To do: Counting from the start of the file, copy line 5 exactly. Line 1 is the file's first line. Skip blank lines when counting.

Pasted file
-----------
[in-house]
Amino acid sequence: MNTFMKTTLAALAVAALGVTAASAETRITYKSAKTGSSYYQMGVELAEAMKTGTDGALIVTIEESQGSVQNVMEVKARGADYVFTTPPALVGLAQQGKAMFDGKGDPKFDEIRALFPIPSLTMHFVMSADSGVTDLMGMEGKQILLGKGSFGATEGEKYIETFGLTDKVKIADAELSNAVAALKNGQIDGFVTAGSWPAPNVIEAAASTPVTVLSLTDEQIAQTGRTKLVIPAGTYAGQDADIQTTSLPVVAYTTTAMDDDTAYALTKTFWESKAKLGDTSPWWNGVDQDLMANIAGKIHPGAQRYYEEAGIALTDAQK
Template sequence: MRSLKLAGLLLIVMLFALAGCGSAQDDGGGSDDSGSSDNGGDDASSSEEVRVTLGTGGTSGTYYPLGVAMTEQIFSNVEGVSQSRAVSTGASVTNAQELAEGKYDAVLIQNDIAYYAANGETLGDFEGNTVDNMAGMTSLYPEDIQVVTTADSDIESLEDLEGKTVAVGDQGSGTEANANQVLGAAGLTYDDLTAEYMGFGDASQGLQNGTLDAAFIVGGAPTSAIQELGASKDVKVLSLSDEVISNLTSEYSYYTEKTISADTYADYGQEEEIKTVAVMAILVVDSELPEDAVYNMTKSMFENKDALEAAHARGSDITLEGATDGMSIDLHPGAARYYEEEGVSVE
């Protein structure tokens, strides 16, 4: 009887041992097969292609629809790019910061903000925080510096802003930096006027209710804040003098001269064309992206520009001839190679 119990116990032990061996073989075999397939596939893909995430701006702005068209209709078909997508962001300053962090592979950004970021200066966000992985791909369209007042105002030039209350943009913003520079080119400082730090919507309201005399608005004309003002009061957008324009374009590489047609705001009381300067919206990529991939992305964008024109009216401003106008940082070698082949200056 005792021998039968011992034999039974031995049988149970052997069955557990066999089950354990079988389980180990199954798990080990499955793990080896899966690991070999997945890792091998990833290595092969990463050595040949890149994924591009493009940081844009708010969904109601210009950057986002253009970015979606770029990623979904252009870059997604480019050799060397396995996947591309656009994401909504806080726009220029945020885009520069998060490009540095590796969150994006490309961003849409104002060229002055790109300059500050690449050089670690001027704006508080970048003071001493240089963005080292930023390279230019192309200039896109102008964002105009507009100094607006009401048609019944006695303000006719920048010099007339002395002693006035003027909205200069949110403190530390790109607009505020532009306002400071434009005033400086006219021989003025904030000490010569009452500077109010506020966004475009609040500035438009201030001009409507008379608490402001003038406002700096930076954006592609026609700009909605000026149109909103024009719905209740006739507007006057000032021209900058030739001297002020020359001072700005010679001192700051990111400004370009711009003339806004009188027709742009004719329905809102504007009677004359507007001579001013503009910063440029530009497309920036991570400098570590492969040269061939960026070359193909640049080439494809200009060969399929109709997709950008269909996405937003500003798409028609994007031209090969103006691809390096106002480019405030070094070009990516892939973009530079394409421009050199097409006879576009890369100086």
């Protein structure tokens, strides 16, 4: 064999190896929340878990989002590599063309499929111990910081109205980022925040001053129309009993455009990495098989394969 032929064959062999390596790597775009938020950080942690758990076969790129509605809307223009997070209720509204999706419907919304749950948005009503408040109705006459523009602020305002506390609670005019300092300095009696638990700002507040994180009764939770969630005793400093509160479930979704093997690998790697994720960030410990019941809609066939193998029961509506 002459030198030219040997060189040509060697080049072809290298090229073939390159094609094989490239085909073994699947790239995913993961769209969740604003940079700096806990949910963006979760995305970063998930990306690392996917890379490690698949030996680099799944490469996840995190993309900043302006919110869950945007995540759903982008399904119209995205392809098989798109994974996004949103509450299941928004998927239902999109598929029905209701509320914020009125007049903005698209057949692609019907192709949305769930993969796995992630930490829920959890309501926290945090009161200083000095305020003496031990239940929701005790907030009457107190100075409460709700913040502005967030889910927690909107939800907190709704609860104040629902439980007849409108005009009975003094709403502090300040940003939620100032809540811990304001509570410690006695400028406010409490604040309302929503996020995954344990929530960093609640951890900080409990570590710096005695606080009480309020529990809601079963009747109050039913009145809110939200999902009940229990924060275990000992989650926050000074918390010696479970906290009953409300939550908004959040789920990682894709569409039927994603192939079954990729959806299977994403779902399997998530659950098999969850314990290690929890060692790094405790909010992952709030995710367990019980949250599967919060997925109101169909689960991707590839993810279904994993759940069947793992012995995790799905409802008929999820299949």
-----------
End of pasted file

């Protein structure tokens, strides 16, 4: 064999190896929340878990989002590599063309499929111990910081109205980022925040001053129309009993455009990495098989394969 032929064959062999390596790597775009938020950080942690758990076969790129509605809307223009997070209720509204999706419907919304749950948005009503408040109705006459523009602020305002506390609670005019300092300095009696638990700002507040994180009764939770969630005793400093509160479930979704093997690998790697994720960030410990019941809609066939193998029961509506 002459030198030219040997060189040509060697080049072809290298090229073939390159094609094989490239085909073994699947790239995913993961769209969740604003940079700096806990949910963006979760995305970063998930990306690392996917890379490690698949030996680099799944490469996840995190993309900043302006919110869950945007995540759903982008399904119209995205392809098989798109994974996004949103509450299941928004998927239902999109598929029905209701509320914020009125007049903005698209057949692609019907192709949305769930993969796995992630930490829920959890309501926290945090009161200083000095305020003496031990239940929701005790907030009457107190100075409460709700913040502005967030889910927690909107939800907190709704609860104040629902439980007849409108005009009975003094709403502090300040940003939620100032809540811990304001509570410690006695400028406010409490604040309302929503996020995954344990929530960093609640951890900080409990570590710096005695606080009480309020529990809601079963009747109050039913009145809110939200999902009940229990924060275990000992989650926050000074918390010696479970906290009953409300939550908004959040789920990682894709569409039927994603192939079954990729959806299977994403779902399997998530659950098999969850314990290690929890060692790094405790909010992952709030995710367990019980949250599967919060997925109101169909689960991707590839993810279904994993759940069947793992012995995790799905409802008929999820299949």